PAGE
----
Building the 5.1 Wall: Producer James Guthrie Discusses Pink Floyd and Roger Waters’ Surround Sound Plans at Academic Conference

Posted on April 14th, by Mike Mettler in Odds & Sods. 8 comments


Pink Floyd and music academia don’t usually mix. But that didn’t deter Gilad Cohen and Dave Molk from organizing the amazing “Pink Floyd: Sound, Sight, and Structure — Interdisciplinary Conference,” the first ever academic conference devoted to the mighty Floyd at Princeton University on April 10-13. In addition to scholarly discussions and live music, the linchpin was a three-album surround-sound listening session shepherded by Pink Floyd producer James Guthrie on Saturday and his keynote address on Sunday.

I was generously given the central sweet spot seat in the third row for Saturday’s surround-sound sessions at McAlpin Hall at Woolworth Music Center. First up was the world premiere of the 5.1 version of Roger Waters’ 1992 opus, Amused to Death, which was mixed by the symposium’s guest of honor, James Guthrie, the man who’s handled the direction of The Floyd’s sonic legacy since 1979′s The Wall. … Read More »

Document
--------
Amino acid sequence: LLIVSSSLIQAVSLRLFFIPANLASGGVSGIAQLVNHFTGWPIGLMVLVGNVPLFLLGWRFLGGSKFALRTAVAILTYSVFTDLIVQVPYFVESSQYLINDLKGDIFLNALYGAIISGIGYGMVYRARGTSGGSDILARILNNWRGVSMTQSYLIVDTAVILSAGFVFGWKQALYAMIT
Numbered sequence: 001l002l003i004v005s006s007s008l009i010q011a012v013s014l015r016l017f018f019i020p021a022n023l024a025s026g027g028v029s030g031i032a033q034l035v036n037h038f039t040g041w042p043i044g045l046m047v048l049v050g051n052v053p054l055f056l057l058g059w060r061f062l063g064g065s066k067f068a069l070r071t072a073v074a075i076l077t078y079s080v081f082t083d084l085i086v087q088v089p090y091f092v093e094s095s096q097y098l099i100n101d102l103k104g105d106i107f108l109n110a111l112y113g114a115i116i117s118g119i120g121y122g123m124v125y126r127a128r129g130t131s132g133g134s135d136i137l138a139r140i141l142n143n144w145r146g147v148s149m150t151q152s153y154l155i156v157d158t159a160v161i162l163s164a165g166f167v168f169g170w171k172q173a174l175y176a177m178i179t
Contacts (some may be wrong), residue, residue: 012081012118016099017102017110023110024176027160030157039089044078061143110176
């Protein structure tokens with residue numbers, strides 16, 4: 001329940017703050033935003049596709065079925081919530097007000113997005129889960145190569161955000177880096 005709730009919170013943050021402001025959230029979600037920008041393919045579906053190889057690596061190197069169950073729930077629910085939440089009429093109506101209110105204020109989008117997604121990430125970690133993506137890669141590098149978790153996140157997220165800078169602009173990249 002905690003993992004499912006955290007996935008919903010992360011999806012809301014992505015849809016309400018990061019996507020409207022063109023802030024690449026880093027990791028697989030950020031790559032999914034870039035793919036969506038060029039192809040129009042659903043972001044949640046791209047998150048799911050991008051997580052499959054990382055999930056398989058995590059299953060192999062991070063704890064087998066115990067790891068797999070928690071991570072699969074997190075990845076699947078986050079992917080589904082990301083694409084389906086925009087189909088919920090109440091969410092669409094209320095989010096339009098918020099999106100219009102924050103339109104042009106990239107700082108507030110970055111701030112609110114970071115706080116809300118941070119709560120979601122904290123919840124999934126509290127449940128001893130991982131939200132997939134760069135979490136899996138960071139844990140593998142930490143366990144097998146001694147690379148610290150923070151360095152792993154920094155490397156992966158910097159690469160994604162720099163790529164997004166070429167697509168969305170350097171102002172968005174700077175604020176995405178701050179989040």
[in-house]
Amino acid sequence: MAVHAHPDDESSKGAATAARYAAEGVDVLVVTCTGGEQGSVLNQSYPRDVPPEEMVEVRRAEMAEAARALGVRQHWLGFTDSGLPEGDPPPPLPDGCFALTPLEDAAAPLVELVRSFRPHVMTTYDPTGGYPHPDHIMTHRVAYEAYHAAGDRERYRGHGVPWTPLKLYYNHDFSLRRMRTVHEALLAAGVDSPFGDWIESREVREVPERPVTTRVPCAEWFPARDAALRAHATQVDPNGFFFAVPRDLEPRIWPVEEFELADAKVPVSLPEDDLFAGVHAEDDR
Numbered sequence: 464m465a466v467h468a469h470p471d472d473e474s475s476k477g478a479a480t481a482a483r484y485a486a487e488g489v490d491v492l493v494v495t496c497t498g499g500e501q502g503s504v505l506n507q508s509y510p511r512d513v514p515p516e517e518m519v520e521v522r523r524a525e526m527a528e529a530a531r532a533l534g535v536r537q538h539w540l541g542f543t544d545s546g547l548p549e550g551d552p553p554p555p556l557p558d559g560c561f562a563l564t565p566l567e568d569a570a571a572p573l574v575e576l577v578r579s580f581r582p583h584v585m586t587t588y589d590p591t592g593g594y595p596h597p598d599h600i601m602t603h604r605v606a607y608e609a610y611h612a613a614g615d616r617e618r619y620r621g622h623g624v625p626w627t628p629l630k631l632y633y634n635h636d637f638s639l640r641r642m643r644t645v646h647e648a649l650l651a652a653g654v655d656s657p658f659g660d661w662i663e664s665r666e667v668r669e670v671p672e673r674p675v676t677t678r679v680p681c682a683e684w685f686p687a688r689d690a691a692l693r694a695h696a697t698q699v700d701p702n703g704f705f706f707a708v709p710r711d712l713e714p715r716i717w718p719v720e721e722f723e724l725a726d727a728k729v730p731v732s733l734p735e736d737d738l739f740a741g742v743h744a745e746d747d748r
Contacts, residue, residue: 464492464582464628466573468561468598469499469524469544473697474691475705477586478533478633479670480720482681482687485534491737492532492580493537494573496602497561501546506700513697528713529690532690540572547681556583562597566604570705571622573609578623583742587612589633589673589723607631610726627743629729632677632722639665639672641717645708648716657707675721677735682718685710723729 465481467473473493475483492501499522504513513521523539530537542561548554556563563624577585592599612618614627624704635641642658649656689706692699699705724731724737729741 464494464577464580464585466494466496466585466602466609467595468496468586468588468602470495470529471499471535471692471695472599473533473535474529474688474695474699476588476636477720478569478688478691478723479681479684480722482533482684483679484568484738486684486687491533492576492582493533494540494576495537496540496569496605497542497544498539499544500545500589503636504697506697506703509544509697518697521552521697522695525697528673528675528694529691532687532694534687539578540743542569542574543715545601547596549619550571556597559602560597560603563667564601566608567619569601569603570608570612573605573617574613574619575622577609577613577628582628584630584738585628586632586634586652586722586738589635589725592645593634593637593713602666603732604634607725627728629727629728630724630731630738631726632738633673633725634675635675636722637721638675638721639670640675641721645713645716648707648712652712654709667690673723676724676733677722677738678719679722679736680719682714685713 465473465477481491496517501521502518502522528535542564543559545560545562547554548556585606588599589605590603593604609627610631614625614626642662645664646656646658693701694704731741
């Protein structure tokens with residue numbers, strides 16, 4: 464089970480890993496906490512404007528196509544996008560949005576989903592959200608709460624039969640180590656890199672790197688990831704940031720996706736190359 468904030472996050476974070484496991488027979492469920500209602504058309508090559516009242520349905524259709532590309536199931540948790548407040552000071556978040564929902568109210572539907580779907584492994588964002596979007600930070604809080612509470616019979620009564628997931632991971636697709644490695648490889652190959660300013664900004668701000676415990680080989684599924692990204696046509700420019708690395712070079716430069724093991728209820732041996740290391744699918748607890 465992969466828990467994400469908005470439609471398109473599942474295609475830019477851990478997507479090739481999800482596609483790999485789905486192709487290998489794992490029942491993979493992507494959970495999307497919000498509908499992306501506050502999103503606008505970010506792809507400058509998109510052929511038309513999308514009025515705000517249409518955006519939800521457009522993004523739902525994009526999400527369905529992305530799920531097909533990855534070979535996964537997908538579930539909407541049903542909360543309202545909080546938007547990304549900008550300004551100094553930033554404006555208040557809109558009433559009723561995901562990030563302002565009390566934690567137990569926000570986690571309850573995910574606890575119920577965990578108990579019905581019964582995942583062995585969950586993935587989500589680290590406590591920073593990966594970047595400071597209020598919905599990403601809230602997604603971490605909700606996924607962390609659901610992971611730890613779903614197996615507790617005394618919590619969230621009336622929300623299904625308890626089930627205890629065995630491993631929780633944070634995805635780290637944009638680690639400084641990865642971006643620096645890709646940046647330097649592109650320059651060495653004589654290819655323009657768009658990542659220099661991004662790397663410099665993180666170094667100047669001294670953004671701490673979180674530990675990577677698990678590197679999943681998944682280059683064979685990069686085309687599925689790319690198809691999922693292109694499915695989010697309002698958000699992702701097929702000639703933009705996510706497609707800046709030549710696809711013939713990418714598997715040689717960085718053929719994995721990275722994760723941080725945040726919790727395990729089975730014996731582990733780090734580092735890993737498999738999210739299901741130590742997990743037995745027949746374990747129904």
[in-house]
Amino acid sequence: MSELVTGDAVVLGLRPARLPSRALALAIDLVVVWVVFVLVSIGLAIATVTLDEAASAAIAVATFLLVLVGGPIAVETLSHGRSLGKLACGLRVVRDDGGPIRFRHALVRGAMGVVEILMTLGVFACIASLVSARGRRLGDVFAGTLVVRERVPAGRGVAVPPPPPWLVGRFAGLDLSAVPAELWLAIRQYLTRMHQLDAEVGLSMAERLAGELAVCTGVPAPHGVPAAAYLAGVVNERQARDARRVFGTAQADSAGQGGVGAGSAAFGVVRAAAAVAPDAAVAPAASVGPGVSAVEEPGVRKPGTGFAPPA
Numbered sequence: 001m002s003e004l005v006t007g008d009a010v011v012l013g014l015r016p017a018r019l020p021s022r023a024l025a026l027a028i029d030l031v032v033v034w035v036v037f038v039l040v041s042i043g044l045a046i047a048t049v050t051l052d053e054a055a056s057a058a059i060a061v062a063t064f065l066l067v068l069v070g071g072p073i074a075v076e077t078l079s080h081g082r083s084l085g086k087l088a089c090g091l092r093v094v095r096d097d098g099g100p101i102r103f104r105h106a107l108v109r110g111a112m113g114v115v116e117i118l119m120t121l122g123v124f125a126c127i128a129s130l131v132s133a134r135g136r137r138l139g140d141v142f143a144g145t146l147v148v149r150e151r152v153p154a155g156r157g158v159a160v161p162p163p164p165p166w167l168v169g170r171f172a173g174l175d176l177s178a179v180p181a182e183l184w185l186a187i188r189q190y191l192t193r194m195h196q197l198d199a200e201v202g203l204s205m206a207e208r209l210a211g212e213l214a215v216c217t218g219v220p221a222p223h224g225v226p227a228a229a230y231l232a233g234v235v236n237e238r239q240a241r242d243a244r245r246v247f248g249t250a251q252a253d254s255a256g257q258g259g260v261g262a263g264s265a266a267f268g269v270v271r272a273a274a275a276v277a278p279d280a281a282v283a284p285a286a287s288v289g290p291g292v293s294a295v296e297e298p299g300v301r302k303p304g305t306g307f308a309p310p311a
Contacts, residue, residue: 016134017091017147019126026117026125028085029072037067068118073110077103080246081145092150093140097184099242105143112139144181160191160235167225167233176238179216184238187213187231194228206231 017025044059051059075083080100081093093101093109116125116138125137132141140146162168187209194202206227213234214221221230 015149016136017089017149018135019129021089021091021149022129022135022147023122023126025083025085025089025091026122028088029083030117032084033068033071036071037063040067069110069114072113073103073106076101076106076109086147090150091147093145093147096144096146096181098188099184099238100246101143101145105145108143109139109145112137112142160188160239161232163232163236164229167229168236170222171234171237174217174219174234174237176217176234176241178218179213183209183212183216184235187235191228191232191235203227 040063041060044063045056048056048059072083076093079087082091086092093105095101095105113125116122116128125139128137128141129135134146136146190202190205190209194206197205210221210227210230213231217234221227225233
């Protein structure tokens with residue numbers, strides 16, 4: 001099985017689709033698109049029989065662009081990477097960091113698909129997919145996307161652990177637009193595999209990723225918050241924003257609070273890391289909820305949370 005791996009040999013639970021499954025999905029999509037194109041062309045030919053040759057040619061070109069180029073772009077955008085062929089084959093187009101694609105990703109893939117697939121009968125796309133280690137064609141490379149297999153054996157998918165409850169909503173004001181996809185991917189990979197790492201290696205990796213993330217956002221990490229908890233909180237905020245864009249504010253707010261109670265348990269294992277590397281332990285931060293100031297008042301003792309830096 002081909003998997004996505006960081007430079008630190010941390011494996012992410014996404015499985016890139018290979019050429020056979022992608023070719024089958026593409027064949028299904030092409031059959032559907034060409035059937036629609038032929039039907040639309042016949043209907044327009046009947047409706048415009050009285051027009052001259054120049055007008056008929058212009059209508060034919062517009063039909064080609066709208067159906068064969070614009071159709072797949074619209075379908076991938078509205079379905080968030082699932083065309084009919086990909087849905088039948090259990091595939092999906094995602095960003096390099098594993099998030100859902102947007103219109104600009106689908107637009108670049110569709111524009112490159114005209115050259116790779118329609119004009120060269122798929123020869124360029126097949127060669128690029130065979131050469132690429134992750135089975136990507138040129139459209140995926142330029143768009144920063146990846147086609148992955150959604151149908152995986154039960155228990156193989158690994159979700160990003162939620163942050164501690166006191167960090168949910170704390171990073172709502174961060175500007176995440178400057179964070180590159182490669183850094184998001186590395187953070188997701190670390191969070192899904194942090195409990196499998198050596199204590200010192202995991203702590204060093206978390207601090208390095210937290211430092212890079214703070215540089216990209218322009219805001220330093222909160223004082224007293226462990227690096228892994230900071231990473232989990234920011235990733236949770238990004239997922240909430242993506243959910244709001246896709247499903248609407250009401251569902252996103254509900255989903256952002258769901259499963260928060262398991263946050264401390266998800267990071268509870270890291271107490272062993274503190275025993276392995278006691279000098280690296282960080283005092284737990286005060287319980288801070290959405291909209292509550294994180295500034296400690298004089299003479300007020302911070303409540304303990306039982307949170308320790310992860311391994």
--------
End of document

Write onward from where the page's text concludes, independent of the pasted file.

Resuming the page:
Mono a Mano: Retro King Nick Waterhouse on His Love of Vintage Vinyl & Mastering in Mono

Posted on April 9th, by Mike Mettler in The SoundBard Interview. 1 Comment


Call him The King of Retro Cool. You may have seen Nick Waterhouse wondering “where you think you’re gonna go/when your time’s all gone?” in the current Lexus CT Hybrid “Live a Full Life” commercial campaign, but his super-snazzy brand of modern jazzabilly rock extends well beyond that 30-second snippet. His second full-length LP, Holly (Innovative Leisure), builds on the retro-rockin’ bed of 2011′s Time’s All Gone. Waterhouse and I recently convened to talk about Holly‘s sonic merits, his favorite vinyl reissues, his playback gear, and the benefits of recording in mono.

Mike Mettler: Was Holly recorded direct to tape?

Nick Waterhouse: It was! I did the record at Fairfax in Van Nuys, [California], which is where the Sound City studios used to be. Kevin Augunas was my co-producer on the record. We used four Scully 16-track recorders gotten from A&M Studios, so they’re really … Read More »